Steam Workshop: Paid Mods

Steam Workshop: Paid Mods

Steam announcement: http://steamcommunity.com/workshop/aboutpaidcontent   Steam announced today that they now support mod authors charging for content. They can set the price to whatever they want, including free and ‘pay what you want’ and I’m absolutely for this. The idea that mods should be free is a strong one, as a lot of games continue for years down the line. Strong communities for good games thrive on free mods but there are lots of games that are new and have fantastic mods. Skyrim is notable as the first game to have paid content like this, but also as being a relatively modern game that would really have died a long time ago without mods.   But it is a double edge sword. Why would mod creators release free content ever? After all, if no content is free then everyone makes money. And then there is the piracy issue. People will take these files, decrypt them, refund them and then publish the free versions themselves. Or people will be greedy and take free content created by others and make money off of it themselves, without really doing any work. While these are potential problems, they are examples of people doing things that, really, are bad.   As far as the ‘mods should always be free’ argument, that’s a problem in and of itself. Lots of mods never get finished because those modders determined that their free time was more valuable to them, which leads to disappointments. Being monetized means that modders can support their mods for a longer time (potentially, although lots of modders do this already). Games have long had both free...
Work It: Valve Expands Steam Workshop

Work It: Valve Expands Steam Workshop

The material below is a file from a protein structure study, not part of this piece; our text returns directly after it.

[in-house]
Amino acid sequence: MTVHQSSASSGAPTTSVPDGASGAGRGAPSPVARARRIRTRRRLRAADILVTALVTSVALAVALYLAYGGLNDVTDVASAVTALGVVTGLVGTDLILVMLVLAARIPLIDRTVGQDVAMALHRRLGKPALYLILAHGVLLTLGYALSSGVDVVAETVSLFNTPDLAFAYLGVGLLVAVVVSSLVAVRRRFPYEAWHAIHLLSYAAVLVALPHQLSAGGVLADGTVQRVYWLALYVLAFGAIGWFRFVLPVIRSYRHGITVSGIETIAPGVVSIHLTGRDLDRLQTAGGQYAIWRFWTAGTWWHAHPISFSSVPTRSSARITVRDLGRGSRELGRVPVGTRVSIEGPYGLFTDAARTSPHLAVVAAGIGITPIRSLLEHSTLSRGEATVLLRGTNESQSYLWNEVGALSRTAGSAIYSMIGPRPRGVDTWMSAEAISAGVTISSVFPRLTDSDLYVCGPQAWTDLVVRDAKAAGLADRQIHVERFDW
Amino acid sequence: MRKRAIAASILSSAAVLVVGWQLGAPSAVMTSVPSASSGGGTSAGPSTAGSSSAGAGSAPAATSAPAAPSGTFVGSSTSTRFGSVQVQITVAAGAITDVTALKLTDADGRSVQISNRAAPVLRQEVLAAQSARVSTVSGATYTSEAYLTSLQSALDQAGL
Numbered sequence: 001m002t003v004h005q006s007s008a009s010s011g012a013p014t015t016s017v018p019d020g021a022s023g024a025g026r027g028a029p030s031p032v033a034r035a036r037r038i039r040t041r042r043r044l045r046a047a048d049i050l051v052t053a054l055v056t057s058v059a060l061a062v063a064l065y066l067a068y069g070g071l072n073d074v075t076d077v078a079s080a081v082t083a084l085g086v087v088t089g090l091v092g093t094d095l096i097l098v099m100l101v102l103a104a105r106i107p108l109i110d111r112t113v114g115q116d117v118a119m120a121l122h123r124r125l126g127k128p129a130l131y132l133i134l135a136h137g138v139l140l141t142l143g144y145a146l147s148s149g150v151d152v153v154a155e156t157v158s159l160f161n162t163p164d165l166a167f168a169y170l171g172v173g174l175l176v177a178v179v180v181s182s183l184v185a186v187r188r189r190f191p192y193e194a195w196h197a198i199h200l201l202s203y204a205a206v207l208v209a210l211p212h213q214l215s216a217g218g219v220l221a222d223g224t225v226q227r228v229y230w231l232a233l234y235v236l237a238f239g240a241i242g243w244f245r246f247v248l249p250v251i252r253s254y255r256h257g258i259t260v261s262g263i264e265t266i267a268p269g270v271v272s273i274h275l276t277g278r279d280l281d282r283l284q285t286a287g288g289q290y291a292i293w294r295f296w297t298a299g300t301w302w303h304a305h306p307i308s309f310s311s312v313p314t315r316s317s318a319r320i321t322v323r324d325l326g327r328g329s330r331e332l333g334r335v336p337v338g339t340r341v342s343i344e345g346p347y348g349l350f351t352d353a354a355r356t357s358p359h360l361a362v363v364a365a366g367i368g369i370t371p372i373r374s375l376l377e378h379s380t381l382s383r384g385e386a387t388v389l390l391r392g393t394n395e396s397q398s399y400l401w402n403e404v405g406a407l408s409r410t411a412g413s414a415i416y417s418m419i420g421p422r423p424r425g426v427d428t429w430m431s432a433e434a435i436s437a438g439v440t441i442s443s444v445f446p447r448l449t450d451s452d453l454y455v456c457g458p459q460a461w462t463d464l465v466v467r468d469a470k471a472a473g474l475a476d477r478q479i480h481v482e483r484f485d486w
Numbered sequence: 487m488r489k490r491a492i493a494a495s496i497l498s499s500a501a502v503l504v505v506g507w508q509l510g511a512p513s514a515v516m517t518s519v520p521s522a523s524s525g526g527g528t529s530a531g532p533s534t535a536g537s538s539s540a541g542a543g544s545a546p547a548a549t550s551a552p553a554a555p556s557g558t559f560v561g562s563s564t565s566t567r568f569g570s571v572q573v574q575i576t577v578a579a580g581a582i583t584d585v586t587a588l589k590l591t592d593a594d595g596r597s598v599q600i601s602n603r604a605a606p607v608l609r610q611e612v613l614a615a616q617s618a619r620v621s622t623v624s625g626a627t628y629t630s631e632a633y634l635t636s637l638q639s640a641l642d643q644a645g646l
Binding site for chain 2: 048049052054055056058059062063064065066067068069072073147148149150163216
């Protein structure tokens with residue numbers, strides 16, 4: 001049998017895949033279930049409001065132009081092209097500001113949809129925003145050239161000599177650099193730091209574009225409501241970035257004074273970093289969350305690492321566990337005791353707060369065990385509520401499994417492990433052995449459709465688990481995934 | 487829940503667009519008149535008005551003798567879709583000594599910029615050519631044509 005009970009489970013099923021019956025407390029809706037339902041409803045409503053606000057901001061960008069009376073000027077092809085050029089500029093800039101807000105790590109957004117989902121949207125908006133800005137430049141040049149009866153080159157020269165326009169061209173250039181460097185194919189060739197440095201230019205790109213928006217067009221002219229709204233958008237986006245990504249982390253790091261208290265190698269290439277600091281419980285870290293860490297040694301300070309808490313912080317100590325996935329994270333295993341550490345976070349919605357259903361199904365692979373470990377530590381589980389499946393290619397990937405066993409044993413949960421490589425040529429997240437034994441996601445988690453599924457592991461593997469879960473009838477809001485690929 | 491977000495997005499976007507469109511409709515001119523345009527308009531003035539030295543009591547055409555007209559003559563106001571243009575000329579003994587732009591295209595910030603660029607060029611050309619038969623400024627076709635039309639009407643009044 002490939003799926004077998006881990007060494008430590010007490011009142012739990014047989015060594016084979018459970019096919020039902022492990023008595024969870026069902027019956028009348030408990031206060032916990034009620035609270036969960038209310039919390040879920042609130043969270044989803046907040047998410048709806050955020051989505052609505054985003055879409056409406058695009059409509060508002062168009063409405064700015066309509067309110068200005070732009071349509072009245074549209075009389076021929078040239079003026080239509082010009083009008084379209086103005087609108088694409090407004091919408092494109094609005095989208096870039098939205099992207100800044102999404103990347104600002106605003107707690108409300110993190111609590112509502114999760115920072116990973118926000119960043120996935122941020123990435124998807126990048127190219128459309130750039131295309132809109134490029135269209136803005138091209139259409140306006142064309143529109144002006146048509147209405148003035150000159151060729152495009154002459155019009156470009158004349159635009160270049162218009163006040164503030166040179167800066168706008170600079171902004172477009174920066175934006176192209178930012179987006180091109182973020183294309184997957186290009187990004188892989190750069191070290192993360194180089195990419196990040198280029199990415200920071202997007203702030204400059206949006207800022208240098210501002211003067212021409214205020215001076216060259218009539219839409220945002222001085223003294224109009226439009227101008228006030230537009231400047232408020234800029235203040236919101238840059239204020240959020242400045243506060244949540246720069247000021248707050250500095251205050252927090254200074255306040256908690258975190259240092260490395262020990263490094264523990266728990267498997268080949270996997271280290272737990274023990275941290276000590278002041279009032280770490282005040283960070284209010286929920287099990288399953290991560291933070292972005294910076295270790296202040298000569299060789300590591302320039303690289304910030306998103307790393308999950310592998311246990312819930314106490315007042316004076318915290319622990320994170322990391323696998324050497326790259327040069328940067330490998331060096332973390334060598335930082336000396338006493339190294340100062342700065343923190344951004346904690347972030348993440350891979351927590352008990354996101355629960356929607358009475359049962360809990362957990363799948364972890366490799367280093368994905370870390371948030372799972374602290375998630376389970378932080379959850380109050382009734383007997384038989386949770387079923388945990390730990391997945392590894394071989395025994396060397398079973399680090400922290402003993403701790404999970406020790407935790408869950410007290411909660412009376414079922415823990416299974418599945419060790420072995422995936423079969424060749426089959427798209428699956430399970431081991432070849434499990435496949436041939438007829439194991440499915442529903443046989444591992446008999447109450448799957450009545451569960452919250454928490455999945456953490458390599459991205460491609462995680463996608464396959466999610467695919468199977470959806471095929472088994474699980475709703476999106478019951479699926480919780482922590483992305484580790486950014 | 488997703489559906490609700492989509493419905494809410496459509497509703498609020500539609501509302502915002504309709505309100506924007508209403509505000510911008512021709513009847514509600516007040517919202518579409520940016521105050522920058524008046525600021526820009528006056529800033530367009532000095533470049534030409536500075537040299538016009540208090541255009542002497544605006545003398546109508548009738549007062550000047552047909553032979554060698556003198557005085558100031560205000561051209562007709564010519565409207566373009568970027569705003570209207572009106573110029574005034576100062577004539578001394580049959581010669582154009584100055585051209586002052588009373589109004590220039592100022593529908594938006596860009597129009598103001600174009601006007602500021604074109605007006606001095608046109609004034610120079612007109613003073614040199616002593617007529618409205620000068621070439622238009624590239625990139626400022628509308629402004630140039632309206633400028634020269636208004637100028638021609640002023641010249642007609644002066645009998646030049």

Today Valve had posted on the official Workshop page (http://steamcommunity.com/games/SteamWorkshop/announcements/detail/154581565731694927) that they are opening up the ‘monetization’ portion of the workshop.  So far, only Valve has allowed content creators to make money from their hard work. In Dota2, TF2 and CS:GO you’ll find many items that get voted upon and added to the game. Then Valve splits the money made with the content creator.   So far, only Dungeon Defenders: Eternity and Chivalry: Medieval Warfare support this new functionality but you can expect it to expand to other games shortly. Some have stated that this is a bad thing, encouraging people to do shady things to make a quick buck but I think overall this is a great decision. A lot of hard work goes into quality content and with money on the line people will up their game just a little bit. Too often do we see mods fall away and never get released because they lose interest or other things become more important.   Anyway, it should be an exciting few months as games add support for this feature and when possible I’d like to detail how to go about adding to these workshops here on The Genius Inc. I’ll probably up a tutorial or two for CS:GO stickers (which I am familiar with) within the next...